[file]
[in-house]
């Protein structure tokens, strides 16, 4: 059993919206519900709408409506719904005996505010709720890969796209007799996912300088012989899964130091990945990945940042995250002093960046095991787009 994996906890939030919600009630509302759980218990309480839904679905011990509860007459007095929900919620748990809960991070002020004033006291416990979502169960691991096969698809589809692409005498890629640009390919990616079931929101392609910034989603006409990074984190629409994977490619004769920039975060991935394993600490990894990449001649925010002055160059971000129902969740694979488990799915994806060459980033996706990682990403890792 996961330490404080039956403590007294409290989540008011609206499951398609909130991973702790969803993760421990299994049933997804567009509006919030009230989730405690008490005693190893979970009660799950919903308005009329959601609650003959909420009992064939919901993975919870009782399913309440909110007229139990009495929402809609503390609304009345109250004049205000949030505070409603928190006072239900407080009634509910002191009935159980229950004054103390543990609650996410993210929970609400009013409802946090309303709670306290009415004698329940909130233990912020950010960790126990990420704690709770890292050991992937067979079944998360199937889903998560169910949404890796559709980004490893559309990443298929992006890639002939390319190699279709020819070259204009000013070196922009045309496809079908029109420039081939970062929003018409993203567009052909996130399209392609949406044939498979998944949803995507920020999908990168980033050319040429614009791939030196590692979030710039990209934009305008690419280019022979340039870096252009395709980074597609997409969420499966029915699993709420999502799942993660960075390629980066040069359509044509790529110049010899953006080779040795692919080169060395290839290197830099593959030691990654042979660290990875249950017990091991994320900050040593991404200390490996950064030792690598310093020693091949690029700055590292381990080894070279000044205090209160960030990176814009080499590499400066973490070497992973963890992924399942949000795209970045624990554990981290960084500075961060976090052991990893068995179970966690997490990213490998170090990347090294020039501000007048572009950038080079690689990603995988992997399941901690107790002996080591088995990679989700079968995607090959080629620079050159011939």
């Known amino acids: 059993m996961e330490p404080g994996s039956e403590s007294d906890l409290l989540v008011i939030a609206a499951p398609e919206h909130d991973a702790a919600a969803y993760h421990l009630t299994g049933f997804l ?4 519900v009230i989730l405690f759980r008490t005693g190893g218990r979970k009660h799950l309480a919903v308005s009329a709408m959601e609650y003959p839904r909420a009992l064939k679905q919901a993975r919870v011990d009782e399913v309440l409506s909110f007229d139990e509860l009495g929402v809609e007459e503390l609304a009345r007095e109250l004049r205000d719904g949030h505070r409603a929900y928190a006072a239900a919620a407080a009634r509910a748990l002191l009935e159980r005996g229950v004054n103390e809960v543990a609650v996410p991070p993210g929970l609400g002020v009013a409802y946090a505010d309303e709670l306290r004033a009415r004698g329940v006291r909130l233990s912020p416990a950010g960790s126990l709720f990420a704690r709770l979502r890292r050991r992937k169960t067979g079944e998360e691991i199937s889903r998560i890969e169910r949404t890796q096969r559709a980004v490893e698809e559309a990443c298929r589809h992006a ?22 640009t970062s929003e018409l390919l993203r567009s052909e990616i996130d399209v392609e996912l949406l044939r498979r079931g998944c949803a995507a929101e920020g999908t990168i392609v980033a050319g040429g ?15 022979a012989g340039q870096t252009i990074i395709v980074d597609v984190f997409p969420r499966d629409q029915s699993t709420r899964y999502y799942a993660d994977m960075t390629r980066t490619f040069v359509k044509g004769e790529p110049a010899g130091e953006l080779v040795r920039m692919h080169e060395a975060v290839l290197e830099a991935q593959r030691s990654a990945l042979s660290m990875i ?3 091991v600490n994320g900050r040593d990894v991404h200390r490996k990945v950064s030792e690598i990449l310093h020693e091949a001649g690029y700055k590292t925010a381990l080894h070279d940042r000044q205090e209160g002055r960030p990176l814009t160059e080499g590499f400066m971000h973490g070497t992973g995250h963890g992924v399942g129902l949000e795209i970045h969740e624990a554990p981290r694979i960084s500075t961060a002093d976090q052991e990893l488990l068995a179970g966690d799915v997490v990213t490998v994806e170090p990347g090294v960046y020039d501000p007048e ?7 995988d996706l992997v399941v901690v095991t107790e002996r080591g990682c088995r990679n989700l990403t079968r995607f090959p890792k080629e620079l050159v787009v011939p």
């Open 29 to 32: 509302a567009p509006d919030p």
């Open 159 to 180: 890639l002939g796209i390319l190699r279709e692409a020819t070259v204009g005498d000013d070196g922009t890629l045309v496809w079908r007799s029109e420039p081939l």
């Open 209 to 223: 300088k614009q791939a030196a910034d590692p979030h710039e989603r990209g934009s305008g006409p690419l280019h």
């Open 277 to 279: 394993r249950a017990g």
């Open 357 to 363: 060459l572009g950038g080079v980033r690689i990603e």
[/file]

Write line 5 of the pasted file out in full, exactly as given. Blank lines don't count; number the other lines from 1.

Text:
């Open 159 to 180: 890639l002939g796209i390319l190699r279709e692409a020819t070259v204009g005498d000013d070196g922009t890629l045309v496809w079908r007799s029109e420039p081939l």